After a clutch of impressive EPs, Santa Dog have built up on their promise with an almost-perfect pop album. Not since the early days of The Cardigans and The Sundays before them, have a group embraced the values of the English cute pop so well, a lineage which goes back to the likes of Prefab Sprout.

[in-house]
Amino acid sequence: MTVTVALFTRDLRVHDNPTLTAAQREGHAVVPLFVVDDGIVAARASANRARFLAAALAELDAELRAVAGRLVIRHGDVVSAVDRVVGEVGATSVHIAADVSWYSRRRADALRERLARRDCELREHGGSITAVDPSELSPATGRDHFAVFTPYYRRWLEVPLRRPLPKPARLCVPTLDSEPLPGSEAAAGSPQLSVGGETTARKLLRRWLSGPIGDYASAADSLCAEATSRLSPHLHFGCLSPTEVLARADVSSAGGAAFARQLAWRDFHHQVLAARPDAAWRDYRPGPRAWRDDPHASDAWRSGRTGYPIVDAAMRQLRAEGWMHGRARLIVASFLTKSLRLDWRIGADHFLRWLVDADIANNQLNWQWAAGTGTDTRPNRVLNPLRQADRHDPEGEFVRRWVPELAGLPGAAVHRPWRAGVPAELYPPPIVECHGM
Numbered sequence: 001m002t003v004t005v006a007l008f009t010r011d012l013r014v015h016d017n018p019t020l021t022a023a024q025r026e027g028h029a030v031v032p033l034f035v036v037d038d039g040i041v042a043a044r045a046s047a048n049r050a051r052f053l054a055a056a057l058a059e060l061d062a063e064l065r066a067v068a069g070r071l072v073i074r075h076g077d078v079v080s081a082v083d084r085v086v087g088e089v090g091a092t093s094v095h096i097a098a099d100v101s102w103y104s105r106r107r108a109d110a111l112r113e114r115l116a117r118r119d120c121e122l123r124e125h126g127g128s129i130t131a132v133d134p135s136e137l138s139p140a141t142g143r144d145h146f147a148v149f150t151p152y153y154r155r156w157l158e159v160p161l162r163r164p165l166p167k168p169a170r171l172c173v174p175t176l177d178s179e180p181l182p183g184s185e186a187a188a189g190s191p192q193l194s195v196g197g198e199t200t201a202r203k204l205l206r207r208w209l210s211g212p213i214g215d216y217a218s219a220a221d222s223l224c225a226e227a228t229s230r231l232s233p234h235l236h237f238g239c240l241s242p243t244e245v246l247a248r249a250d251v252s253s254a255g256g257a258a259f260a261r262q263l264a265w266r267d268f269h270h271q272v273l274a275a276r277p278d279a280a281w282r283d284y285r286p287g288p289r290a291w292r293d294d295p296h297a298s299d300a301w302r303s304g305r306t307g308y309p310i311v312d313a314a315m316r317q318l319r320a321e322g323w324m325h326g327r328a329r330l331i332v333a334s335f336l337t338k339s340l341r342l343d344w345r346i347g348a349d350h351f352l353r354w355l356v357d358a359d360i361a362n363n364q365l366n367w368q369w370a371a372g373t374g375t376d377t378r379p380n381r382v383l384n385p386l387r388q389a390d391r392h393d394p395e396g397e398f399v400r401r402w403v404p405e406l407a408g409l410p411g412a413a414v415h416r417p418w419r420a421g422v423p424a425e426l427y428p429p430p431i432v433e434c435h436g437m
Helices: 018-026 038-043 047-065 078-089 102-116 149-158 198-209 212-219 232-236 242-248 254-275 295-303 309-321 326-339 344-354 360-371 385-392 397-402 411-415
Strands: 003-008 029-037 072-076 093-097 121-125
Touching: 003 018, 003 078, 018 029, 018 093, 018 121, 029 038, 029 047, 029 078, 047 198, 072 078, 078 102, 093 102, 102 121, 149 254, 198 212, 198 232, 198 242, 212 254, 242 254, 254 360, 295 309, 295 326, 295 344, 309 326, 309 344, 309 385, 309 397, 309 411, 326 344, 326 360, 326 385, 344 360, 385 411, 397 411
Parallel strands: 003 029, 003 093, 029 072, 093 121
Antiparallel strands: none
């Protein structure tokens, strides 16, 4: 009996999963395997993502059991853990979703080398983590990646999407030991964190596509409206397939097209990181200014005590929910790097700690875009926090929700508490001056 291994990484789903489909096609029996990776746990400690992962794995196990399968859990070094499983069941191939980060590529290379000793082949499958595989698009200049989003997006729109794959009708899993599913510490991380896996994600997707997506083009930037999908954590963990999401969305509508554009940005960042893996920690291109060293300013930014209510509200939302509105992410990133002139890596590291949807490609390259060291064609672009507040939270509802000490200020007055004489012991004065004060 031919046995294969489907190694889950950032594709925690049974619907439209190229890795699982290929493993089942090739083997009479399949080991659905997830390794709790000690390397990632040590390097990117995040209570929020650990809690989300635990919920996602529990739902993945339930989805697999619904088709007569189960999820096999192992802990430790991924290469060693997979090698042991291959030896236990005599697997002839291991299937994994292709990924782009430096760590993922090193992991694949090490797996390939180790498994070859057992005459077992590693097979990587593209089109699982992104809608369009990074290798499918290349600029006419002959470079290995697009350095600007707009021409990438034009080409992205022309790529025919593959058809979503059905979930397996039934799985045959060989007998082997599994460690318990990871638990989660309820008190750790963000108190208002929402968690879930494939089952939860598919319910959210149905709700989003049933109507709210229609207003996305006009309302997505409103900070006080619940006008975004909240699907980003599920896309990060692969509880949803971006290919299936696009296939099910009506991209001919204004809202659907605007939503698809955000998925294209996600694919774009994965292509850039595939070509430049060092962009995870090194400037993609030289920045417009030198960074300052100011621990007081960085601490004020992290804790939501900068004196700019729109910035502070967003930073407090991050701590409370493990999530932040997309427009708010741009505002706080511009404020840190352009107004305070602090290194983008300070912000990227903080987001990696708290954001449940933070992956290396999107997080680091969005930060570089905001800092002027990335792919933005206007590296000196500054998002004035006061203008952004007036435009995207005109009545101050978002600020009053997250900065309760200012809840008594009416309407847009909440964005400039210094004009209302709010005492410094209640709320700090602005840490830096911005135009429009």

There are certainly a lot of comparisons between 'Kittyhawk' and the early Cardigans' albums. 'Big Bang' and 'Yeah Yeah Yeah' boast simple choruses but their nagging riffs and infectious tunes are unshakeable. Furthermore, in Rowena Dugdale, the group have an arresting frontwoman whose vocals are clear, distinct, occasionally girlie but also capable of the yearning required for the 'Belle De Jour', 'West Coast Boy Racers' and 'Martyr On The Ropes'; the latter song featuring a killer switch from melancholic slow verses to snappy choruses. Although most songs here clock in at around the three minute mark, 'Chemical' possesses enough ideas and jangly pop to prove Santa Dog aren't just a singles-fixated band; having said that the meandering 'Lucky Me' could definitely have been shortened. The only other criticism is that the album versions of 'Belle De Jour' and 'Rosa' aren't quite as immediate as their EP counterparts but they're still cracking songs. Overall, Santa Dog have reclaimed indie pop's holy grail for England and if they continue in this vein they look like holding on to it for a while yet.